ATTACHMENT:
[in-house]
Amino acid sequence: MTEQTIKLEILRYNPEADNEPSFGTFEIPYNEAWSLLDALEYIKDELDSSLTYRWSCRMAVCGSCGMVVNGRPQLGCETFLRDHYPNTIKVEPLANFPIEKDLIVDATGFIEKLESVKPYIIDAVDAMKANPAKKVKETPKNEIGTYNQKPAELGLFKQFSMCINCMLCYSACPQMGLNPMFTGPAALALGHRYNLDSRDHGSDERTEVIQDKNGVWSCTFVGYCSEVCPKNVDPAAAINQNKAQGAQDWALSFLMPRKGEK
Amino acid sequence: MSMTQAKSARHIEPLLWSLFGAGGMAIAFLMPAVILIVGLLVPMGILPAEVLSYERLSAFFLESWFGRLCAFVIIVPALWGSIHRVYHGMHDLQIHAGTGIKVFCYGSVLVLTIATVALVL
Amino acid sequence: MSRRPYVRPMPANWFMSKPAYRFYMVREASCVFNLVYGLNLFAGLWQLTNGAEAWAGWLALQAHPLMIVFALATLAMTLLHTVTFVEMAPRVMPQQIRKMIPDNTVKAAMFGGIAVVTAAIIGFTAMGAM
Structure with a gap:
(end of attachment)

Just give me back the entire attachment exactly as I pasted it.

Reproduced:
[in-house]
Amino acid sequence: MTEQTIKLEILRYNPEADNEPSFGTFEIPYNEAWSLLDALEYIKDELDSSLTYRWSCRMAVCGSCGMVVNGRPQLGCETFLRDHYPNTIKVEPLANFPIEKDLIVDATGFIEKLESVKPYIIDAVDAMKANPAKKVKETPKNEIGTYNQKPAELGLFKQFSMCINCMLCYSACPQMGLNPMFTGPAALALGHRYNLDSRDHGSDERTEVIQDKNGVWSCTFVGYCSEVCPKNVDPAAAINQNKAQGAQDWALSFLMPRKGEK
Amino acid sequence: MSMTQAKSARHIEPLLWSLFGAGGMAIAFLMPAVILIVGLLVPMGILPAEVLSYERLSAFFLESWFGRLCAFVIIVPALWGSIHRVYHGMHDLQIHAGTGIKVFCYGSVLVLTIATVALVL
Amino acid sequence: MSRRPYVRPMPANWFMSKPAYRFYMVREASCVFNLVYGLNLFAGLWQLTNGAEAWAGWLALQAHPLMIVFALATLAMTLLHTVTFVEMAPRVMPQQIRKMIPDNTVKAAMFGGIAVVTAAIIGFTAMGAM
Structure with a gap: